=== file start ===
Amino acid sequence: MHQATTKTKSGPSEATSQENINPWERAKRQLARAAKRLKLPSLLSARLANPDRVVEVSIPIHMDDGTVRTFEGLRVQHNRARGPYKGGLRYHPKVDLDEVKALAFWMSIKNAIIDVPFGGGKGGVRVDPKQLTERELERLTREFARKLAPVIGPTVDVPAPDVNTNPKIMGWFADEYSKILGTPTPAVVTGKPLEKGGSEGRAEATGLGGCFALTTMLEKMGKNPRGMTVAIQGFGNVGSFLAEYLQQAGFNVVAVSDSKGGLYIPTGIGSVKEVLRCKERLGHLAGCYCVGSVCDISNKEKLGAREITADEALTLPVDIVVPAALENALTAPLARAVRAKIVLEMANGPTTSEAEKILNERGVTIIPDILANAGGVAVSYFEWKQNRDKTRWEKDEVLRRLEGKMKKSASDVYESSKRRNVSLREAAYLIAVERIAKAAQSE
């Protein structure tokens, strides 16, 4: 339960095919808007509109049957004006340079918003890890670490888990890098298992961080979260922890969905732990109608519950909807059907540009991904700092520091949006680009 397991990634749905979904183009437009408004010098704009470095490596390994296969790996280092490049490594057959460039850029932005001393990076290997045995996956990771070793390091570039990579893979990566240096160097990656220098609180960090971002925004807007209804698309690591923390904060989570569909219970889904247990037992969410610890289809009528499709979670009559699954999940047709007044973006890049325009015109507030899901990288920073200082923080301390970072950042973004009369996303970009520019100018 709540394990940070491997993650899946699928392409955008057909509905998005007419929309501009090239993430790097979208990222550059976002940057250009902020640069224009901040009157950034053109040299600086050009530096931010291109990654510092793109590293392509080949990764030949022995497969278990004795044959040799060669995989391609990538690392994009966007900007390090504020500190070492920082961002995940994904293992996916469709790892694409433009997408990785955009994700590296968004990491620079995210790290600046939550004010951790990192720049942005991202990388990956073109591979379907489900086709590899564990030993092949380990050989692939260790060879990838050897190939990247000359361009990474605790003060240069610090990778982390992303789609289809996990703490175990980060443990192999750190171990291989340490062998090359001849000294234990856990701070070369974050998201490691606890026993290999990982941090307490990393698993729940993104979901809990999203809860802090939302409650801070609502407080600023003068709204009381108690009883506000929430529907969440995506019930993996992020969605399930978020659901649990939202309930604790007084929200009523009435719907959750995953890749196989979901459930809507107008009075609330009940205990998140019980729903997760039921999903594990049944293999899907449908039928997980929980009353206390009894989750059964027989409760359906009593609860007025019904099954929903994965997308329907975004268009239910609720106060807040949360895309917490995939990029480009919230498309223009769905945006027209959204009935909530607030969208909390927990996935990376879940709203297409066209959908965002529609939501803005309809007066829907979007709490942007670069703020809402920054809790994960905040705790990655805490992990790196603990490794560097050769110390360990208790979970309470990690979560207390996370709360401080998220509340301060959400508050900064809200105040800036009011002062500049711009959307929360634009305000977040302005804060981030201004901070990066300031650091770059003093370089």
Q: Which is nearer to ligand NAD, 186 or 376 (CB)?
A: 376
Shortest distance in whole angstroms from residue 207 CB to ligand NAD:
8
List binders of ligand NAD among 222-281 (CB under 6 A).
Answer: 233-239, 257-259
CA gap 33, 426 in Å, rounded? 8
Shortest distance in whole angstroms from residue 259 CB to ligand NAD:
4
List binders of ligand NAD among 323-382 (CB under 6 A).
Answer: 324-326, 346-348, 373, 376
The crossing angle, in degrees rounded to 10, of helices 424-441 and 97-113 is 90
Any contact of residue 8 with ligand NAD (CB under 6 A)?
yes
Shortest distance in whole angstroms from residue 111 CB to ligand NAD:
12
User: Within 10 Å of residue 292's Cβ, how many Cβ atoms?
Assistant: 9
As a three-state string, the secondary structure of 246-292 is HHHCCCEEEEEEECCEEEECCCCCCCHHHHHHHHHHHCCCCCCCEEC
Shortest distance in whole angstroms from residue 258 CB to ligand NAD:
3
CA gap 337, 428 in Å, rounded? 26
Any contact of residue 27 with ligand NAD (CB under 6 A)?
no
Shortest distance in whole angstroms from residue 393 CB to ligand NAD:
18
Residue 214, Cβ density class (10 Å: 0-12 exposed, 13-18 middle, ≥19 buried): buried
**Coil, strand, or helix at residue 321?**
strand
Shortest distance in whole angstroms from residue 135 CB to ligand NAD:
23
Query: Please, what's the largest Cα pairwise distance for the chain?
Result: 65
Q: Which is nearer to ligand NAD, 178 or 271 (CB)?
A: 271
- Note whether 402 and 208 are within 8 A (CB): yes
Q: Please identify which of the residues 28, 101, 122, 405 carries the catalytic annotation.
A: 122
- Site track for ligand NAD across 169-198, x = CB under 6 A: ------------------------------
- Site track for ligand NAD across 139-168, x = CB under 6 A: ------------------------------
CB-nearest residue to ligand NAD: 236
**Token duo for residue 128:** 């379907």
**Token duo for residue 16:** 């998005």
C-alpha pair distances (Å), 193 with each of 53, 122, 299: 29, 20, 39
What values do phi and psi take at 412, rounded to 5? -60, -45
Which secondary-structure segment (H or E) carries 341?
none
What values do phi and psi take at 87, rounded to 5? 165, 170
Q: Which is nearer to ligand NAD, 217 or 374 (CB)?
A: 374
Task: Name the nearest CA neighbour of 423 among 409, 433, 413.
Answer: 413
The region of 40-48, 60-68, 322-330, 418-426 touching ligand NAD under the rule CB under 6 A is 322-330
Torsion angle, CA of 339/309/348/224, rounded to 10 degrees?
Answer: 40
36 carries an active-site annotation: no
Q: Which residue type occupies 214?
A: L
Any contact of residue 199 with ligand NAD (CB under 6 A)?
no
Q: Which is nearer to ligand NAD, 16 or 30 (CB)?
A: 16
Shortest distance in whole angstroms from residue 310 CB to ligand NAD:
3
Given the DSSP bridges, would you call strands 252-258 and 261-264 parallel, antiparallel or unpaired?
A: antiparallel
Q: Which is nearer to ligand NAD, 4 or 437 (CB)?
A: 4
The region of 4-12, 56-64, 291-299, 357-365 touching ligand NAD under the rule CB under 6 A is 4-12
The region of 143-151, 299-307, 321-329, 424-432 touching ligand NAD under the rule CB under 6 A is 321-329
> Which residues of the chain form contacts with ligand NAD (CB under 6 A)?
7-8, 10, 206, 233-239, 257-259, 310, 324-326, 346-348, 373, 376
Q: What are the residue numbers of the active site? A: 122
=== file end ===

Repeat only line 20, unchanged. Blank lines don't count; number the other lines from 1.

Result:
Assistant: 9